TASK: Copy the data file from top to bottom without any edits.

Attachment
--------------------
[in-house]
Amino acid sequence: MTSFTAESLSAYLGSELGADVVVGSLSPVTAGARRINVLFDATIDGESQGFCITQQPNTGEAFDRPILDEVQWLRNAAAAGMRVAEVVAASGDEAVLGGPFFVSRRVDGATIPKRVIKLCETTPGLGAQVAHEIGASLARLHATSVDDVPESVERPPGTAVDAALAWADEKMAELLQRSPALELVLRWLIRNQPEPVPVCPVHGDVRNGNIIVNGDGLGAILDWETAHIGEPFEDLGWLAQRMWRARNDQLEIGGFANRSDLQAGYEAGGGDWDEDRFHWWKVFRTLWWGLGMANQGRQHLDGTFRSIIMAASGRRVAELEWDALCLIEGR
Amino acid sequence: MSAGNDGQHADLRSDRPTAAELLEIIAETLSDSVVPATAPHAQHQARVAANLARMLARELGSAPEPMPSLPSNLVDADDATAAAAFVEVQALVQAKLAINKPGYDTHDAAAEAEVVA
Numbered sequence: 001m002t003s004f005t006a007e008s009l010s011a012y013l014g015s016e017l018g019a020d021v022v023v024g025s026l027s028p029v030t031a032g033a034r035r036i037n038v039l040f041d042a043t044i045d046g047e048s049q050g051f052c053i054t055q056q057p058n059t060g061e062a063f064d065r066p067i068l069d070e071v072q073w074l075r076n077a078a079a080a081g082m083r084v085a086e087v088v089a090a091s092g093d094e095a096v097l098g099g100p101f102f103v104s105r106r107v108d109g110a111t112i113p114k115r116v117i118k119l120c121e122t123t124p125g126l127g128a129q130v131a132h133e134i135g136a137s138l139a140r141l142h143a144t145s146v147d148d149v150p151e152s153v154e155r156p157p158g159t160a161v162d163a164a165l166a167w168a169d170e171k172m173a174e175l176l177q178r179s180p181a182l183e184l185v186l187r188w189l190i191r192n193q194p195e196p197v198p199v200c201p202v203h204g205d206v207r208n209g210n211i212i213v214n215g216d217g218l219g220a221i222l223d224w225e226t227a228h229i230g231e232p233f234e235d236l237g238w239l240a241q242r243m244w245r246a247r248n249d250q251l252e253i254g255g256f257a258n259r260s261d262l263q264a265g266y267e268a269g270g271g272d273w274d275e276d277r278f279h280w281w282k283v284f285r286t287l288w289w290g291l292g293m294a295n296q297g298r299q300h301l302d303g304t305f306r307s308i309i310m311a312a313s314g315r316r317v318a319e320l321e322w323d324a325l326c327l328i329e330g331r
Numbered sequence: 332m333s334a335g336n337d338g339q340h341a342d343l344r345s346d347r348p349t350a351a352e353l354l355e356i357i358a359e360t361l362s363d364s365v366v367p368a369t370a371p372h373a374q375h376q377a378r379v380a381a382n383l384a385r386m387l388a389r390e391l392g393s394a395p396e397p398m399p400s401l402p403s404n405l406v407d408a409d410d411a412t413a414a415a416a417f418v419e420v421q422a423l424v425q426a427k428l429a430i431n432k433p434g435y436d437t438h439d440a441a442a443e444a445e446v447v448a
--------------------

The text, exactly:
[in-house]
Amino acid sequence: MTSFTAESLSAYLGSELGADVVVGSLSPVTAGARRINVLFDATIDGESQGFCITQQPNTGEAFDRPILDEVQWLRNAAAAGMRVAEVVAASGDEAVLGGPFFVSRRVDGATIPKRVIKLCETTPGLGAQVAHEIGASLARLHATSVDDVPESVERPPGTAVDAALAWADEKMAELLQRSPALELVLRWLIRNQPEPVPVCPVHGDVRNGNIIVNGDGLGAILDWETAHIGEPFEDLGWLAQRMWRARNDQLEIGGFANRSDLQAGYEAGGGDWDEDRFHWWKVFRTLWWGLGMANQGRQHLDGTFRSIIMAASGRRVAELEWDALCLIEGR
Amino acid sequence: MSAGNDGQHADLRSDRPTAAELLEIIAETLSDSVVPATAPHAQHQARVAANLARMLARELGSAPEPMPSLPSNLVDADDATAAAAFVEVQALVQAKLAINKPGYDTHDAAAEAEVVA
Numbered sequence: 001m002t003s004f005t006a007e008s009l010s011a012y013l014g015s016e017l018g019a020d021v022v023v024g025s026l027s028p029v030t031a032g033a034r035r036i037n038v039l040f041d042a043t044i045d046g047e048s049q050g051f052c053i054t055q056q057p058n059t060g061e062a063f064d065r066p067i068l069d070e071v072q073w074l075r076n077a078a079a080a081g082m083r084v085a086e087v088v089a090a091s092g093d094e095a096v097l098g099g100p101f102f103v104s105r106r107v108d109g110a111t112i113p114k115r116v117i118k119l120c121e122t123t124p125g126l127g128a129q130v131a132h133e134i135g136a137s138l139a140r141l142h143a144t145s146v147d148d149v150p151e152s153v154e155r156p157p158g159t160a161v162d163a164a165l166a167w168a169d170e171k172m173a174e175l176l177q178r179s180p181a182l183e184l185v186l187r188w189l190i191r192n193q194p195e196p197v198p199v200c201p202v203h204g205d206v207r208n209g210n211i212i213v214n215g216d217g218l219g220a221i222l223d224w225e226t227a228h229i230g231e232p233f234e235d236l237g238w239l240a241q242r243m244w245r246a247r248n249d250q251l252e253i254g255g256f257a258n259r260s261d262l263q264a265g266y267e268a269g270g271g272d273w274d275e276d277r278f279h280w281w282k283v284f285r286t287l288w289w290g291l292g293m294a295n296q297g298r299q300h301l302d303g304t305f306r307s308i309i310m311a312a313s314g315r316r317v318a319e320l321e322w323d324a325l326c327l328i329e330g331r
Numbered sequence: 332m333s334a335g336n337d338g339q340h341a342d343l344r345s346d347r348p349t350a351a352e353l354l355e356i357i358a359e360t361l362s363d364s365v366v367p368a369t370a371p372h373a374q375h376q377a378r379v380a381a382n383l384a385r386m387l388a389r390e391l392g393s394a395p396e397p398m399p400s401l402p403s404n405l406v407d408a409d410d411a412t413a414a415a416a417f418v419e420v421q422a423l424v425q426a427k428l429a430i431n432k433p434g435y436d437t438h439d440a441a442a443e444a445e446v447v448a